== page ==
I sat next to my daughter as we watched her meter count down.
It was Field Day at school. It was hot. The water cooler was nearly empty. We were sweaty...
And we both knew this number would be high.
After waking up with a number higher than usual, an unexpected cupcake treat for a classroom birthday party, and then navigating a maze of sports drinks and popsicles outside on a 100+ degree day, we already knew this number would confirm it was time to yank the old site, fill her pump with fresh insulin, and aggressively correct the stubborn high BG that haunted us all day.
353 mg/dL...just as suspected.
Before I had a chance to reassure her we’d take as little time as possible on the sidelines to deal with it, I heard a voice cackling over my shoulder...
“OH MY GOSH! What did she eat? What did she DO to make that number so high? That’s REALLY high, you know...”
The voice took both of us by surprise. My daughter glanced up as I turned my head slightly to the right only to find another parent – a Looming Stranger – hovering over my shoulder. The parent went on to explain that she saw us step away from the game with a glucometer and, since she’s a nurse, she came to offer her assistance in case we needed it.
Um. How kind of her?
In that moment, I could sense my daughter wanting to say something. I could feel the prolonged elevated blood glucose and preteen hormones mulling over the words in her mind, and silently hoped there wasn’t too much sassy flare on her tongue when they fell out of her mouth.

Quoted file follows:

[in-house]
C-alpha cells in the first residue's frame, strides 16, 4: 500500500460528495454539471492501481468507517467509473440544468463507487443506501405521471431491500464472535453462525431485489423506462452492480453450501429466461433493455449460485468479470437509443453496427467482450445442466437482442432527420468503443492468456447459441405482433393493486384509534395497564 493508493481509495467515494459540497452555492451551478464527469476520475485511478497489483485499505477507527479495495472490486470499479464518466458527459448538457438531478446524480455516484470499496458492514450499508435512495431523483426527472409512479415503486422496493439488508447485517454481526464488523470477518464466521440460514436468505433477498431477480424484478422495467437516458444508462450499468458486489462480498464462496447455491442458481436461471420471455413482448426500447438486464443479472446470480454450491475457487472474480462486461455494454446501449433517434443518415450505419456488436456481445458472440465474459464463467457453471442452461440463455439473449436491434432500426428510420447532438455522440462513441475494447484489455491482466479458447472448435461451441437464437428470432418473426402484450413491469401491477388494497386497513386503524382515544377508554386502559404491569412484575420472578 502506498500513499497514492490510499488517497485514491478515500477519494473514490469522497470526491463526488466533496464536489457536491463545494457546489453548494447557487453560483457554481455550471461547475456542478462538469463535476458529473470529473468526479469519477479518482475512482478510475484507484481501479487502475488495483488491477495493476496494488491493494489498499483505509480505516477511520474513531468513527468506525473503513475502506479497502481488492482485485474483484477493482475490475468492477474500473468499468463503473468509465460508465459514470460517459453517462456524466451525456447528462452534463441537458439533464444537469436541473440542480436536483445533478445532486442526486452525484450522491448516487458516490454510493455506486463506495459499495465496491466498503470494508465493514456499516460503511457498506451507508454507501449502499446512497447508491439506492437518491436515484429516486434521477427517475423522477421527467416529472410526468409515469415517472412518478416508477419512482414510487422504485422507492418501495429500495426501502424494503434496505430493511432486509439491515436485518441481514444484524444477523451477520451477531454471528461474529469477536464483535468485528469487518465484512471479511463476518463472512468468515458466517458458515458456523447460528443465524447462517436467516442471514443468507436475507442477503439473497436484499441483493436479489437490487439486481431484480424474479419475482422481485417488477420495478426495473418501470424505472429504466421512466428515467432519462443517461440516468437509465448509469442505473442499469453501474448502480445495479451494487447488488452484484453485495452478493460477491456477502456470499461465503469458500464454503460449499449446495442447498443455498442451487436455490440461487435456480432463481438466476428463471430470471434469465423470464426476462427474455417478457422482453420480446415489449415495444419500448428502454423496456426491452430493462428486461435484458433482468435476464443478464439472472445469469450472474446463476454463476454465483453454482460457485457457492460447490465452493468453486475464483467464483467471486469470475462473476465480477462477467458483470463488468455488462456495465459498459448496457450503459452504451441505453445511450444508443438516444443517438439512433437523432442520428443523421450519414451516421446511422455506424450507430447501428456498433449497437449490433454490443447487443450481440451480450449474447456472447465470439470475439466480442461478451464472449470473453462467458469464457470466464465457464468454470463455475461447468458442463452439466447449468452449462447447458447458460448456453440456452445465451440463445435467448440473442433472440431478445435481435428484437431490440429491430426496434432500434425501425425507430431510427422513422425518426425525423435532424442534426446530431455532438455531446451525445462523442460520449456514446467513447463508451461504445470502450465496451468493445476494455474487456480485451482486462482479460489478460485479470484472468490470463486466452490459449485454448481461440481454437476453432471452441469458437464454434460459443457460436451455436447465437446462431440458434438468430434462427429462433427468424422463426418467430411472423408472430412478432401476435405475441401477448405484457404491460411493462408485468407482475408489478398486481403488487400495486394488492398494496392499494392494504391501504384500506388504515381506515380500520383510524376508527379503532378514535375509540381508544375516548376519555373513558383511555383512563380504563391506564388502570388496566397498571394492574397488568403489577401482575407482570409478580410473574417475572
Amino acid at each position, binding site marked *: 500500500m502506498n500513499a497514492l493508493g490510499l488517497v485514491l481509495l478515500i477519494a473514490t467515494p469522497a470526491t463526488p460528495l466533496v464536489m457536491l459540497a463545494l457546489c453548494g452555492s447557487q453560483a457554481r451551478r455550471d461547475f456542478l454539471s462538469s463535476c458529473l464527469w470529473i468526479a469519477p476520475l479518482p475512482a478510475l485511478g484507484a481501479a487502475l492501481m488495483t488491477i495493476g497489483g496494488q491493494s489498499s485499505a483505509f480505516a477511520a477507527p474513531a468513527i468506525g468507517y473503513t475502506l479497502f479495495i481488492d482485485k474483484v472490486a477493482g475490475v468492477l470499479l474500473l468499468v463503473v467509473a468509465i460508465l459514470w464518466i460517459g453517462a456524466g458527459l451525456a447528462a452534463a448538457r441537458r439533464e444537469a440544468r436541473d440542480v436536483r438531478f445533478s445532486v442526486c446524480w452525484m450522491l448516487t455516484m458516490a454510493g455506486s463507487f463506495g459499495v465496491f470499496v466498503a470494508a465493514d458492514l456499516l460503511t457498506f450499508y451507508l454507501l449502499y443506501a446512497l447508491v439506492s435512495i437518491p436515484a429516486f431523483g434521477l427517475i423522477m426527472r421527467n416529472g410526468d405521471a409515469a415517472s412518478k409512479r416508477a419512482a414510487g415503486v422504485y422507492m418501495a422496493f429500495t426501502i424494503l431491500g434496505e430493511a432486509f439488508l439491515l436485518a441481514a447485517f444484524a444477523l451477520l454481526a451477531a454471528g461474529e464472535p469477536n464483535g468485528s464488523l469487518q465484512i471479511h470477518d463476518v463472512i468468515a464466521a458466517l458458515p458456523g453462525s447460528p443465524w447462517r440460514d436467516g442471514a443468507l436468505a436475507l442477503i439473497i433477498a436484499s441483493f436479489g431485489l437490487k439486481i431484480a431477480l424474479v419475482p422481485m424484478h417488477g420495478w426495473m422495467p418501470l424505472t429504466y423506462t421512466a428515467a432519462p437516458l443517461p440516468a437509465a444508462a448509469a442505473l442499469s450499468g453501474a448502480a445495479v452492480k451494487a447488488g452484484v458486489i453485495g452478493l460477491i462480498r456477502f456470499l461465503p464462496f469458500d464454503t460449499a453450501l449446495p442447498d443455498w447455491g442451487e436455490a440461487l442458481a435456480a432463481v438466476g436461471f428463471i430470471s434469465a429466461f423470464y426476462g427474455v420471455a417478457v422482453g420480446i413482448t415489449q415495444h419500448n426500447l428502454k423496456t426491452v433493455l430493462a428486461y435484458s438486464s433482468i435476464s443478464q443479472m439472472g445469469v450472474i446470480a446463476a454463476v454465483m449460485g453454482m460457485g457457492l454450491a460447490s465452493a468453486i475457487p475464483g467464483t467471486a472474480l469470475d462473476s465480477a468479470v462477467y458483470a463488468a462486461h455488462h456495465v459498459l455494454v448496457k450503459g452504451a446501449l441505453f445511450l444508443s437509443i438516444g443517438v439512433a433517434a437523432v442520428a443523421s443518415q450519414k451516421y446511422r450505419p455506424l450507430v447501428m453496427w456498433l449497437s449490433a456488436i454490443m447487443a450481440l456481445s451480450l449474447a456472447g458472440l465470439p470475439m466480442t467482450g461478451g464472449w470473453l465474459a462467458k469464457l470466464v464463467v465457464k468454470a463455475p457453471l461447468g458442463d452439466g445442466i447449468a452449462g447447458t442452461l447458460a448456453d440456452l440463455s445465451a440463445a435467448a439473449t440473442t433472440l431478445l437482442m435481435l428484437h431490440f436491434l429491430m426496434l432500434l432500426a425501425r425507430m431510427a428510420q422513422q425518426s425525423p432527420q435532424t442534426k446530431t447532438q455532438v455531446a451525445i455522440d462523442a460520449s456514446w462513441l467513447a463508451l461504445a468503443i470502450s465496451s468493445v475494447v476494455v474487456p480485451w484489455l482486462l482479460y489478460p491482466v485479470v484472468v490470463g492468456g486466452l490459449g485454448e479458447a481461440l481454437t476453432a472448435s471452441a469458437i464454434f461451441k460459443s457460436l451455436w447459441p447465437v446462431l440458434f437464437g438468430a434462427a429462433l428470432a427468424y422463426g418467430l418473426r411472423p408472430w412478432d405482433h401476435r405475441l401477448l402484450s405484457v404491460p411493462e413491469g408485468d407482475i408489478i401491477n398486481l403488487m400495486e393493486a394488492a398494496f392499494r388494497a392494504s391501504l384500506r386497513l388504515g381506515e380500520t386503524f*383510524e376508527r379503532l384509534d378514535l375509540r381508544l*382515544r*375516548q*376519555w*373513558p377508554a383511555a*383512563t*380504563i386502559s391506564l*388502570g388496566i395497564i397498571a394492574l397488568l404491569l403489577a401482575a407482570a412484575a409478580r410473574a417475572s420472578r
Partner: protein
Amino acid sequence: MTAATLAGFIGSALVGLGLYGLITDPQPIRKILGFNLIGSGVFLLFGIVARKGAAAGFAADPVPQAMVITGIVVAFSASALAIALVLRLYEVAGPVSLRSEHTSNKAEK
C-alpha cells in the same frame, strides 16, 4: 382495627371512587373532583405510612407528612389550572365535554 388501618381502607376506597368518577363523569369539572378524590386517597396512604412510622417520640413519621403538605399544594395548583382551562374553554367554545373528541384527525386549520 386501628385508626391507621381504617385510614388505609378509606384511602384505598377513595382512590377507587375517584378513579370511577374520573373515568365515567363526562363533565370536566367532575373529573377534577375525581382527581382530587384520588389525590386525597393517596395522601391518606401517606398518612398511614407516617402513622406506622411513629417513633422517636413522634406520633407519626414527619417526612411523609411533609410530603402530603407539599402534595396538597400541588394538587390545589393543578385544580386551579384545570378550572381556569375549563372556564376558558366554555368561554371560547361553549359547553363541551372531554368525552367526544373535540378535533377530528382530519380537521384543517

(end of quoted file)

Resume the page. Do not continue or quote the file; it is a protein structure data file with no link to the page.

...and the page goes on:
Instead she looked at me.
I looked at her.
Something needed to be said, and apparently, I was the one who needed to say it.
I am her adult. Her parent. Her pancreatic-partner...I needed to pull up my britches and respond to Looming Stranger...
“We’re fine. Thanks.”
With that, Looming Stranger walked away.
When I met her open-mouthed gaze again, it was apparent she felt there were a few things I had left unsaid. Quite honestly, as I rehash everything here, I can think of plenty myself. However, in that moment, we needed to change her pump site, correct the number, and get back to the games.
Later that day, her numbers recovered. She was freshly showered and stretched out on her bed with a book when I peeked in to check on her. Before much could be said between us, she point blankly asked why I hadn’t told Looming Stranger that she didn’t *DO* anything wrong...she questioned why I hadn’t told her it was none of her business...she told me everything she thought we could have said.
I held her hand for a second, and told her told her this:
There will be many times in life that nosy people get in your way. Not just with diabetes, but also in relationships, finances, and other major decisions. People will add their input whether you want it or not. The key to dealing with all of it is to decide for yourself if and/or when YOU have the time and energy to do so. You are under no obligation to respond to every nosy person. You are allowed to brush them off and move on with your day.